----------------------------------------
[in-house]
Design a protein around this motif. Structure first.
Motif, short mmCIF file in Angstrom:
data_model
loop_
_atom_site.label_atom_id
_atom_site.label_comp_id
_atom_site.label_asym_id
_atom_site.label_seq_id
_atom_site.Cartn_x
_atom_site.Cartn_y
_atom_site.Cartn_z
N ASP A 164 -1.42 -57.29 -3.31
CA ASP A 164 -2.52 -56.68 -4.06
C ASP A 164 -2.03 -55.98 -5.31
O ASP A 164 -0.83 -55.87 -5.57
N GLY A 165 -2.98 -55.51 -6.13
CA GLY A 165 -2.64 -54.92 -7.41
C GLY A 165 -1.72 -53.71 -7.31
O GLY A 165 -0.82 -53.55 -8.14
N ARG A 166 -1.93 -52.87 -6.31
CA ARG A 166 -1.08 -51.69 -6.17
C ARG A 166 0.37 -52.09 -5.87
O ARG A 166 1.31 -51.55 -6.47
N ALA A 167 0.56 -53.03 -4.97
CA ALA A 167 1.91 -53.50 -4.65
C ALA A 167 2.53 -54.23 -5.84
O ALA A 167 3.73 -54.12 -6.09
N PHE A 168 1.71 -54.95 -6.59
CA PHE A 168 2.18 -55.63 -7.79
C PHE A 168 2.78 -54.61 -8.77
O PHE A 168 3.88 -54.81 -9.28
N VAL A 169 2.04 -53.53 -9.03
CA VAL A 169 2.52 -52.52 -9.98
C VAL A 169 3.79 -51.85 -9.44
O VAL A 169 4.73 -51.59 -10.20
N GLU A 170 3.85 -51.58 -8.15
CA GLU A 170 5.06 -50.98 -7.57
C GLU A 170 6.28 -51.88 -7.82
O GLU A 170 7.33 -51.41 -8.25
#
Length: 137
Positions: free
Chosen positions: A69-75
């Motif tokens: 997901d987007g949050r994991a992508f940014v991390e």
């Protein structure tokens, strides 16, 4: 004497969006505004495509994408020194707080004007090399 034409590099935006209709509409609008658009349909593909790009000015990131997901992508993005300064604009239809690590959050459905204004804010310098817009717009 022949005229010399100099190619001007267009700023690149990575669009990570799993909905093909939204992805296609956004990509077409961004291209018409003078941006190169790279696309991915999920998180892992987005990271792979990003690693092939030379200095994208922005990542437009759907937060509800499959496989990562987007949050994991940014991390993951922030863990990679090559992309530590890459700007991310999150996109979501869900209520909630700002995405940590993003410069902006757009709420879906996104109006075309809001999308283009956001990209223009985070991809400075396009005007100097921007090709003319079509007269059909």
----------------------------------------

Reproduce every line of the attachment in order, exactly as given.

[in-house]
Design a protein around this motif. Structure first.
Motif, short mmCIF file in Angstrom:
data_model
loop_
_atom_site.label_atom_id
_atom_site.label_comp_id
_atom_site.label_asym_id
_atom_site.label_seq_id
_atom_site.Cartn_x
_atom_site.Cartn_y
_atom_site.Cartn_z
N ASP A 164 -1.42 -57.29 -3.31
CA ASP A 164 -2.52 -56.68 -4.06
C ASP A 164 -2.03 -55.98 -5.31
O ASP A 164 -0.83 -55.87 -5.57
N GLY A 165 -2.98 -55.51 -6.13
CA GLY A 165 -2.64 -54.92 -7.41
C GLY A 165 -1.72 -53.71 -7.31
O GLY A 165 -0.82 -53.55 -8.14
N ARG A 166 -1.93 -52.87 -6.31
CA ARG A 166 -1.08 -51.69 -6.17
C ARG A 166 0.37 -52.09 -5.87
O ARG A 166 1.31 -51.55 -6.47
N ALA A 167 0.56 -53.03 -4.97
CA ALA A 167 1.91 -53.50 -4.65
C ALA A 167 2.53 -54.23 -5.84
O ALA A 167 3.73 -54.12 -6.09
N PHE A 168 1.71 -54.95 -6.59
CA PHE A 168 2.18 -55.63 -7.79
C PHE A 168 2.78 -54.61 -8.77
O PHE A 168 3.88 -54.81 -9.28
N VAL A 169 2.04 -53.53 -9.03
CA VAL A 169 2.52 -52.52 -9.98
C VAL A 169 3.79 -51.85 -9.44
O VAL A 169 4.73 -51.59 -10.20
N GLU A 170 3.85 -51.58 -8.15
CA GLU A 170 5.06 -50.98 -7.57
C GLU A 170 6.28 -51.88 -7.82
O GLU A 170 7.33 -51.41 -8.25
#
Length: 137
Positions: free
Chosen positions: A69-75
């Motif tokens: 997901d987007g949050r994991a992508f940014v991390e």
């Protein structure tokens, strides 16, 4: 004497969006505004495509994408020194707080004007090399 034409590099935006209709509409609008658009349909593909790009000015990131997901992508993005300064604009239809690590959050459905204004804010310098817009717009 022949005229010399100099190619001007267009700023690149990575669009990570799993909905093909939204992805296609956004990509077409961004291209018409003078941006190169790279696309991915999920998180892992987005990271792979990003690693092939030379200095994208922005990542437009759907937060509800499959496989990562987007949050994991940014991390993951922030863990990679090559992309530590890459700007991310999150996109979501869900209520909630700002995405940590993003410069902006757009709420879906996104109006075309809001999308283009956001990209223009985070991809400075396009005007100097921007090709003319079509007269059909």